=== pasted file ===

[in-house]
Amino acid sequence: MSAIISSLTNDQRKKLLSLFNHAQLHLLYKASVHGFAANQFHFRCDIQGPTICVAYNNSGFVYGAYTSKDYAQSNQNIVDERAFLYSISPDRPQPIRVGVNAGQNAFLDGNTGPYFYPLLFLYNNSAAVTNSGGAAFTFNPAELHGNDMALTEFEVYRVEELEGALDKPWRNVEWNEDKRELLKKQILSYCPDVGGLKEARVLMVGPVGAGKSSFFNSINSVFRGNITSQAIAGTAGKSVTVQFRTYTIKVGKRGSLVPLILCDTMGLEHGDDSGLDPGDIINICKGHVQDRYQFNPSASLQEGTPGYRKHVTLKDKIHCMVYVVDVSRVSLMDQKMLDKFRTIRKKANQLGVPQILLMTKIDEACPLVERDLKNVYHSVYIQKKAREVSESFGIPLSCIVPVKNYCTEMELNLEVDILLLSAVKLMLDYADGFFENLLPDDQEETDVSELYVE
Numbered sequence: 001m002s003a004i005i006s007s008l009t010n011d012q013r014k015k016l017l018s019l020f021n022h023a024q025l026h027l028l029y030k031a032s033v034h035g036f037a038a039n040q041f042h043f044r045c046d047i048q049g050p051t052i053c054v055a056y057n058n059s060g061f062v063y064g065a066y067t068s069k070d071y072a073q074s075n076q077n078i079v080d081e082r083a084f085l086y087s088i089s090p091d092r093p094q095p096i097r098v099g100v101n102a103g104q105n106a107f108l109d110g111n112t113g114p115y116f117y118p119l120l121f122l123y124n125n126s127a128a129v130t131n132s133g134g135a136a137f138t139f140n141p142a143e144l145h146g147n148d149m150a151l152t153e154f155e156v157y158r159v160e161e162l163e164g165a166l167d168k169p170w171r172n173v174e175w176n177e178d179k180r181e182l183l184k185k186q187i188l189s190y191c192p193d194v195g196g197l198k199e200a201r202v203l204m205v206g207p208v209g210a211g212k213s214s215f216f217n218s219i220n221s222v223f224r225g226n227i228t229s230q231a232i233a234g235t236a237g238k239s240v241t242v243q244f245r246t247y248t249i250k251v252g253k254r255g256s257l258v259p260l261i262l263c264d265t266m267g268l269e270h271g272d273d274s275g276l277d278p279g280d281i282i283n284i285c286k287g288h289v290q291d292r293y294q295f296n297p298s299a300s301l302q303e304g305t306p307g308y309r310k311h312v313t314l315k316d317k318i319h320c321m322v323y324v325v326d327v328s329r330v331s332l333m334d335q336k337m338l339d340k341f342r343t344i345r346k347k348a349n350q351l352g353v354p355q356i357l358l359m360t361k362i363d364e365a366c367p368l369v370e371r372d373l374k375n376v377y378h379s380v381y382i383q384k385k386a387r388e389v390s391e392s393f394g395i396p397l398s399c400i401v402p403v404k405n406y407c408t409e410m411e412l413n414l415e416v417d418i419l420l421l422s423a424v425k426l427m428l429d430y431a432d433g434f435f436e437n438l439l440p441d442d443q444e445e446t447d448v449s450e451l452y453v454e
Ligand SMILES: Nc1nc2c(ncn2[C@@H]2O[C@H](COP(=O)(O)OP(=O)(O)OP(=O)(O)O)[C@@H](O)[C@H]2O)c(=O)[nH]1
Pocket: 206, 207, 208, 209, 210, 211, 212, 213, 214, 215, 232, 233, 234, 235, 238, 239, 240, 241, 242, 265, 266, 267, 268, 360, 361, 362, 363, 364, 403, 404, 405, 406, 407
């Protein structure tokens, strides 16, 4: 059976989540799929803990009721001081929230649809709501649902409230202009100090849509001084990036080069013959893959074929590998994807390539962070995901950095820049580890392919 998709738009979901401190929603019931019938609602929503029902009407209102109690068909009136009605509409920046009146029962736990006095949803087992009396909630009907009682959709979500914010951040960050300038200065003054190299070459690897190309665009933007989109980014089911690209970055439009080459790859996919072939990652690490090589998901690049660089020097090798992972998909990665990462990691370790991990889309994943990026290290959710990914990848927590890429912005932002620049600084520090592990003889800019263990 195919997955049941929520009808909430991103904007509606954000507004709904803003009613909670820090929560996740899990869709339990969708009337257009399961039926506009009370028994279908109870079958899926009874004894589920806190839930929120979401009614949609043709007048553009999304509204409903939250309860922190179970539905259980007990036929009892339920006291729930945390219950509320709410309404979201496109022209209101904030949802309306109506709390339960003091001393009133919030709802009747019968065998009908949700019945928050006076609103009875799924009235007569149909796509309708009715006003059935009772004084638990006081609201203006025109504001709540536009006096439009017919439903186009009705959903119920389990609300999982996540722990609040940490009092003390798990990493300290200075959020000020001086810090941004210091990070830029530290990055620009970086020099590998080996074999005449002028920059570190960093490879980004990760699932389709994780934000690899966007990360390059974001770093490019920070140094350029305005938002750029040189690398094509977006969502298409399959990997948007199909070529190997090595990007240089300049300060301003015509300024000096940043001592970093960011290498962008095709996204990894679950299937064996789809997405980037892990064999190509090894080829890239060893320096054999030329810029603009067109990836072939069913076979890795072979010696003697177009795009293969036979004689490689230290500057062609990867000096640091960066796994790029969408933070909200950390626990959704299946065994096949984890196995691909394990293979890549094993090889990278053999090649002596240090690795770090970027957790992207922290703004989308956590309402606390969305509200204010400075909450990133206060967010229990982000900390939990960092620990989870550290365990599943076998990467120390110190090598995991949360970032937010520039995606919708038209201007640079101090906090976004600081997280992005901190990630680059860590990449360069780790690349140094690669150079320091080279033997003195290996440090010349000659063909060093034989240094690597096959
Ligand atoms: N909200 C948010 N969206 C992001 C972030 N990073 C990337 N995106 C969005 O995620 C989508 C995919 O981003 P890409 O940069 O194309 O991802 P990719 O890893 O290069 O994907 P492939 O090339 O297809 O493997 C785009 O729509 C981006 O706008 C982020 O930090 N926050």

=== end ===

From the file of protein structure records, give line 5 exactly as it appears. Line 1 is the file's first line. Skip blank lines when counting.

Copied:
Pocket: 206, 207, 208, 209, 210, 211, 212, 213, 214, 215, 232, 233, 234, 235, 238, 239, 240, 241, 242, 265, 266, 267, 268, 360, 361, 362, 363, 364, 403, 404, 405, 406, 407